Danny Adams had a passion for both the environment and motor vehicles from a young age. The aerospace engineer, was always destined for big things, since winning a place at NASA space camp while at school,has invented an intelligent driving feedback device with the potential to make a positive global environmental impact.
“There are three components: a dongle that plugs into the car’s diagnostic board, a mobile application, and a beautiful dash mounted display that we call ‘Ray’,” says Adams “Ray glows blue, when you’re driving in a fuel efficient way that minimises carbon emissions. Drivers can view their emissions on their mobile at various stages of their trip journey. The data collected is synced to the cloud, where it can be viewed via a website or web portal.”
Research suggests that using GoFar can help cut users fuel consumption by up to 22 per cent. That means a US$149 device could save motorist hundreds of dollars a year and save millions of tonnes of carbon from entering the atmosphere.
Lots more on that shortly but first a little background.
Adams credits his studies at The University of New South Wales (UNSW) for providing him with “a certain way of looking at the world”. He notes, “Engineering helps people become problem solvers. UNSW is one of the top engineering schools in Australia going there encouraged me to concentrate oncoming up with new ideas and working out how to implement them.”A late-night inventor
“The advice I’d now give any other tech entrepreneur is to be aware of the startup ecosystem in their city and take full advantage of it from early on,”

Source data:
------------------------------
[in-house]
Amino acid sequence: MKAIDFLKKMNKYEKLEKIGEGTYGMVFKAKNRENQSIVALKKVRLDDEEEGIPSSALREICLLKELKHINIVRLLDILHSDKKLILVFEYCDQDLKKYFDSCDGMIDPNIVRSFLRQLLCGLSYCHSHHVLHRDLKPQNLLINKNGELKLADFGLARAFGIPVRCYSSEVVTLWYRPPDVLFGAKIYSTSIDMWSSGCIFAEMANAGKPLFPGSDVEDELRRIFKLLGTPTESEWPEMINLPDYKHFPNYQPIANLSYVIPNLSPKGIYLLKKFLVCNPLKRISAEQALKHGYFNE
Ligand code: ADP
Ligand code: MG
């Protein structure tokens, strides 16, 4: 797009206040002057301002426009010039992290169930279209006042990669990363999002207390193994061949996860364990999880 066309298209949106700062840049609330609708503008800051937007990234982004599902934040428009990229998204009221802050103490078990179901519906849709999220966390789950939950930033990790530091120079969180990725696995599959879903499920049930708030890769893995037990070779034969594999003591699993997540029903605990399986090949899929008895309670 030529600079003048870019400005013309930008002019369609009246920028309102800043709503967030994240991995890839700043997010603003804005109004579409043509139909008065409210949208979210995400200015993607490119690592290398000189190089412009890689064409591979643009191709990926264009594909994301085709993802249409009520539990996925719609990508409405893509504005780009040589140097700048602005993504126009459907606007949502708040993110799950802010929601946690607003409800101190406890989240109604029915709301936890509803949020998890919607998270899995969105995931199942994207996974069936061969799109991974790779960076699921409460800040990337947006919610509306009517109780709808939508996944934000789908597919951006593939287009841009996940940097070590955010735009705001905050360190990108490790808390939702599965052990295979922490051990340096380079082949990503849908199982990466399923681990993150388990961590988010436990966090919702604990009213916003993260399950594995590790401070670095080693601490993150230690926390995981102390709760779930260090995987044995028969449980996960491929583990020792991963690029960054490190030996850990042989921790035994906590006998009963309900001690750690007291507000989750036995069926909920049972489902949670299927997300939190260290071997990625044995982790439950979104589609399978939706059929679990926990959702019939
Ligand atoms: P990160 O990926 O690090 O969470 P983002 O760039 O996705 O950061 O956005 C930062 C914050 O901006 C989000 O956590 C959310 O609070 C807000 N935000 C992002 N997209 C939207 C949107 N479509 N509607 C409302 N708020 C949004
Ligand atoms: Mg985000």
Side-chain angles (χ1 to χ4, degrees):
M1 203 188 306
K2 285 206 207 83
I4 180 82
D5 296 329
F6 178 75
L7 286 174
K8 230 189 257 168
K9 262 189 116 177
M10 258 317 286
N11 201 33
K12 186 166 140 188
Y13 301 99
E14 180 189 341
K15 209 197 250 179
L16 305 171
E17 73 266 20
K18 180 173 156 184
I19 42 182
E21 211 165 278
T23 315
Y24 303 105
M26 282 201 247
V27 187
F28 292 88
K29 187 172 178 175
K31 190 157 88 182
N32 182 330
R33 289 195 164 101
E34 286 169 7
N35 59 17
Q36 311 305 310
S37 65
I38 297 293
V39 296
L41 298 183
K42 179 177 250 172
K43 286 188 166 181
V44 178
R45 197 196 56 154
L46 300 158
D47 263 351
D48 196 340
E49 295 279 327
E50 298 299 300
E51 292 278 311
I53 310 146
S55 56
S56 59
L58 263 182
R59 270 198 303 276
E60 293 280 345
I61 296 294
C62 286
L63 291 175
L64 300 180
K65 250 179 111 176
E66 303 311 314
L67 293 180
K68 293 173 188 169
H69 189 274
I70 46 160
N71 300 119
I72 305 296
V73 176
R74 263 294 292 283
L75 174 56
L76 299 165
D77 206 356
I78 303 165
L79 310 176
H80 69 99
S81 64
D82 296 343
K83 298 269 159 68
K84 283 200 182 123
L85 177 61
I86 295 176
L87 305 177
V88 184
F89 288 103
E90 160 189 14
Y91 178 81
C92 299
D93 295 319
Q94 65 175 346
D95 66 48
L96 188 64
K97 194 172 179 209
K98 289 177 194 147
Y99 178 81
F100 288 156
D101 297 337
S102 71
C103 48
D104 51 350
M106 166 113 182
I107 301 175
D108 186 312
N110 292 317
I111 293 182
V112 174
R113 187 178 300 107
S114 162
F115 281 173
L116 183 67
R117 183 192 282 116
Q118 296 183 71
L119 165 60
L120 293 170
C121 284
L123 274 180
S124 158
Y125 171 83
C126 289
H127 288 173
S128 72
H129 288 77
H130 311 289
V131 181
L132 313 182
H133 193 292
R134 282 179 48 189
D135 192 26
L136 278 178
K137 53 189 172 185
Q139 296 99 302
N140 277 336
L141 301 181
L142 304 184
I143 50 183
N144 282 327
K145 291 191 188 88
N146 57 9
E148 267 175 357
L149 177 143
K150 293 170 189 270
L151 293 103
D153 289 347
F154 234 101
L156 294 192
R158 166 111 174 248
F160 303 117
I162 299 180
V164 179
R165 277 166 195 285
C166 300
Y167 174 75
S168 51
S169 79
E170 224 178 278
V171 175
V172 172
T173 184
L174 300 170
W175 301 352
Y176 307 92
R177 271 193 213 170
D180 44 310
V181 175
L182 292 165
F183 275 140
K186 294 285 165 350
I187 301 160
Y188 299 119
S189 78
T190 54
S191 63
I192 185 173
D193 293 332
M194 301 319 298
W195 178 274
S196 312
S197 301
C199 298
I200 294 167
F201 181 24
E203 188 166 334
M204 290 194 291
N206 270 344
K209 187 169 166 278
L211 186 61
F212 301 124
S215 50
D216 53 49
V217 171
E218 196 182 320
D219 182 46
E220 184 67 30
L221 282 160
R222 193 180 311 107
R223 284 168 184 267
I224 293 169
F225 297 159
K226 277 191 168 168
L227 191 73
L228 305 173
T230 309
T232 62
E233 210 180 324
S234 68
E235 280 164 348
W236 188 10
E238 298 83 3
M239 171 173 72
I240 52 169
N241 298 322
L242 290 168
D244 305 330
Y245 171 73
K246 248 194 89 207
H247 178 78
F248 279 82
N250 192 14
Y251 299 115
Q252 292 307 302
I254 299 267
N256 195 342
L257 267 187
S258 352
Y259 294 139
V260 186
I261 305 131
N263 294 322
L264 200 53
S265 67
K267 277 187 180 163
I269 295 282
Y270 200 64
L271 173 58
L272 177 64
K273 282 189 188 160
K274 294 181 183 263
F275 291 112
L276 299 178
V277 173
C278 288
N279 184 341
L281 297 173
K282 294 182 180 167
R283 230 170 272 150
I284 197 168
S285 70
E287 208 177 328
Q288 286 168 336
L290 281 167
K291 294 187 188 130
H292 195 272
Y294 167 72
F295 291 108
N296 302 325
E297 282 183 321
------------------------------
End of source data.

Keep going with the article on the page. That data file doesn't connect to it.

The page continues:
Launching out on his own, Adams discovered Australia’s thriving startup scene. “I was unaware there was a community of people doing similar things to me. I started thinking there must be others who were a few steps further down the path. People who could provide the advice I needed to get things moving faster.”
“There were 120 applicants, 30 entrepreneurs admitted and seven who made it to the end. It’s a tough program because business is tough. I learnt so many things but the most important was how to pitch my business. You had to do that every week in front of a panel of experts, business leaders and startup founders. If you didn’t do it well, you were out. That pressure forces you to make sure you have a viable idea and fine-tune your message.”
How far can GoFar go?
All that pitching practice has paid off. After emerging as the highest-ranked graduate in his program, Adams raised $450,000 from high-net-worth investors. A subsequent Kickstarter campaign, “Awesome car computer. Better mileage. Lower emissions. A beautiful device that improves your driving” – was hugely oversubscribed, raising US$160,000 ($220,000) rather than the intended US$50,000. According to The Australian even Australia’s Prime Minister, Malcolm Turnbull, took out his credit card and ordered a GoFar when he toured the Fishburners facility.
After developing five prototypes in as many years, Adams was delighted to launch the first production run of GoFars manufactured in Taiwan in October of 2015 with plans to start selling them in February 2016.
“Considering the amount of complicated technology involved it’s been a mostly smooth process ,” he says.
“Of the 1,300 units sold through the Kickstarter campaign, about a third were bought by Australians, a third by North Americans and a third by Europeans, with a few sales from Asia as well. We’ve already set up a subsidiary company in the US and we’re negotiating with a car fleet in Germany that wants to bulk-buy GoFars.”
So what’s next for Adams?
“The technology can be adapted for use in heavy vehicles and also to detect things such as driver fatigue,” he says. “Plus, it turns out that many of the same things that reduce carbon emissions, such as avoiding sudden acceleration or braking, also result in safer driving. We’re looking to get insurance companies interested. There are a billion cars in the world and GoFar is something we can sell everywhere.”
For more information on GoFar visit www.gofar.co
Source: First published on www.australiaunlimited.com Author Nigel Bowen.